A former detective investigating the 1982 disappearance of Lynette Dawson has said he could not find any records showing she was alive.
Police searches of government and financial institutions failed to prove Lynette Dawson was alive 17 years after she disappeared from her marital home, a court has heard.
Giving evidence at Christopher Michael Dawson’s murder trial on Friday, former detective Damian Loone said the police had conducted proof of life checks through bank accounts, Medicare, social security and the Australian Taxation Office in 1999 and again in 2001.
“What was your belief as to whether or not there were any government records in existence pointing to Lynette Dawson nee Simms being alive?” asked crown prosecutor Craig Everson SC.
Invest in the journalism that made a difference.
EOFY Exit. A year for just $99.
“There were no government records,” Mr Loone replied.
The former police officer assisted with the investigation into Mrs Dawson’s disappearance in the late 1990s and early 2000s before a second inquest in 2003.
Dawson, now 73, is accused of killing his wife and disposing of her body in January 1982 so he could have an unfettered relationship with a woman, known as JC, who was his babysitter and a student at the high school where he taught.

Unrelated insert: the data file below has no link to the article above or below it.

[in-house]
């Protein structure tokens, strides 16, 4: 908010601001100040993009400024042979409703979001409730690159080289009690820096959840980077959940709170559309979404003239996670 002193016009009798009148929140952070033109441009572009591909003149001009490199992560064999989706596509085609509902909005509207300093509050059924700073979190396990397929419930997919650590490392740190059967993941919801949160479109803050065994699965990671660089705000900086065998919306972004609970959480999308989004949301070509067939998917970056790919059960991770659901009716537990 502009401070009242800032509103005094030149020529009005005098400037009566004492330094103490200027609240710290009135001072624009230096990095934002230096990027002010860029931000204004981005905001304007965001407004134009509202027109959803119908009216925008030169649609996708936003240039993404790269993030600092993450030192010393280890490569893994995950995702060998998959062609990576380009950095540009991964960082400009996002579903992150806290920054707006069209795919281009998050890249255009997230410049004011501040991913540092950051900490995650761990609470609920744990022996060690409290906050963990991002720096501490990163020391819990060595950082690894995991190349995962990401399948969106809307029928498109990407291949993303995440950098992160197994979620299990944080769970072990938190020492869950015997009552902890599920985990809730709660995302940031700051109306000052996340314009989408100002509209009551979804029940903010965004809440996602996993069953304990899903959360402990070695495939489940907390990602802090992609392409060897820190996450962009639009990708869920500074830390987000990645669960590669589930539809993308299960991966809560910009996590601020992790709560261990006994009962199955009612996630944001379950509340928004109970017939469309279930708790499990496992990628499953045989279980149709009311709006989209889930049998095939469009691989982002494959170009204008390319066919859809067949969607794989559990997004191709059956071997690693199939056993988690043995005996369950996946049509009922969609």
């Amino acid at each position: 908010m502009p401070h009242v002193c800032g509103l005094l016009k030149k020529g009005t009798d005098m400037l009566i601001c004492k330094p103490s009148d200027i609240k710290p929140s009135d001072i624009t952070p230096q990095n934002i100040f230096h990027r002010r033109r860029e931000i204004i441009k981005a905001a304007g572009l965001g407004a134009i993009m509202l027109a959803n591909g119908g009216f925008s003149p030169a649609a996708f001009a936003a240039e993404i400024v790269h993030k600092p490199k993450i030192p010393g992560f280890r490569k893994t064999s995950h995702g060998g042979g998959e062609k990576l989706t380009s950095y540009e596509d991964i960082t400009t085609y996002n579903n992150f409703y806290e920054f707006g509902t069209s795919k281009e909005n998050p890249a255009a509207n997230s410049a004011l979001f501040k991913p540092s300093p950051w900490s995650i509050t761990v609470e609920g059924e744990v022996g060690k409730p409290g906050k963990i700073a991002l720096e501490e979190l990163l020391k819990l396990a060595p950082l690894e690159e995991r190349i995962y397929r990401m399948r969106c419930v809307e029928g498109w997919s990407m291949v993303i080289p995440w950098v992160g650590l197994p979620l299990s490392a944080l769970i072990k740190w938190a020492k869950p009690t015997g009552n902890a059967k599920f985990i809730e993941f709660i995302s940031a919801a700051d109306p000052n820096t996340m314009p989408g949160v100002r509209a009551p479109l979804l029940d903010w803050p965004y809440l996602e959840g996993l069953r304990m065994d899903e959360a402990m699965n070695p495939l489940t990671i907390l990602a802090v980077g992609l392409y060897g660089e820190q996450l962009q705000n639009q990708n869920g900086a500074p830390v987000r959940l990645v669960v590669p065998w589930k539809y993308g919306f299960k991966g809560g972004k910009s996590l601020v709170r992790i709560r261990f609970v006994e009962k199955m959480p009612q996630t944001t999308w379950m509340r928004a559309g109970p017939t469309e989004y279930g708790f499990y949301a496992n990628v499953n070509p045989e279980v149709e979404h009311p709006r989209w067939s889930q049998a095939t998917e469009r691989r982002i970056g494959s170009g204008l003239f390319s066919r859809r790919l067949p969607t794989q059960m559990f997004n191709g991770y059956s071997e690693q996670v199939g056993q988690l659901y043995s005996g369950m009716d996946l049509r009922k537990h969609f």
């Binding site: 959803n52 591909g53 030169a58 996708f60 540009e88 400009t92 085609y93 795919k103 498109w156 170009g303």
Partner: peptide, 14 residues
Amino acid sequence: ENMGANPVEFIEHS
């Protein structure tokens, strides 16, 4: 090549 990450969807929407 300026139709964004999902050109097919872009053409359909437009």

While Mrs Dawson’s body has never been recovered, Mr Loone said he took on the investigation as a potential homicide rather than for a missing person.
He said conversations with Ray Butlin, whose wife said she saw Mrs Dawson at a fruit stall in Kulnara, north of Sydney, failed to change his mind regarding this.
However, he did not think that any evidence suggesting she was alive and well was a waste of time and not worth pursuing.
He admitted that a psychic had been brought to the Dawsons’ Bayview home and that one of Mrs Dawson’s daughters had undergone hypnosis during the investigation, but said this did not lead anywhere.
The NSW Supreme Court trial continues.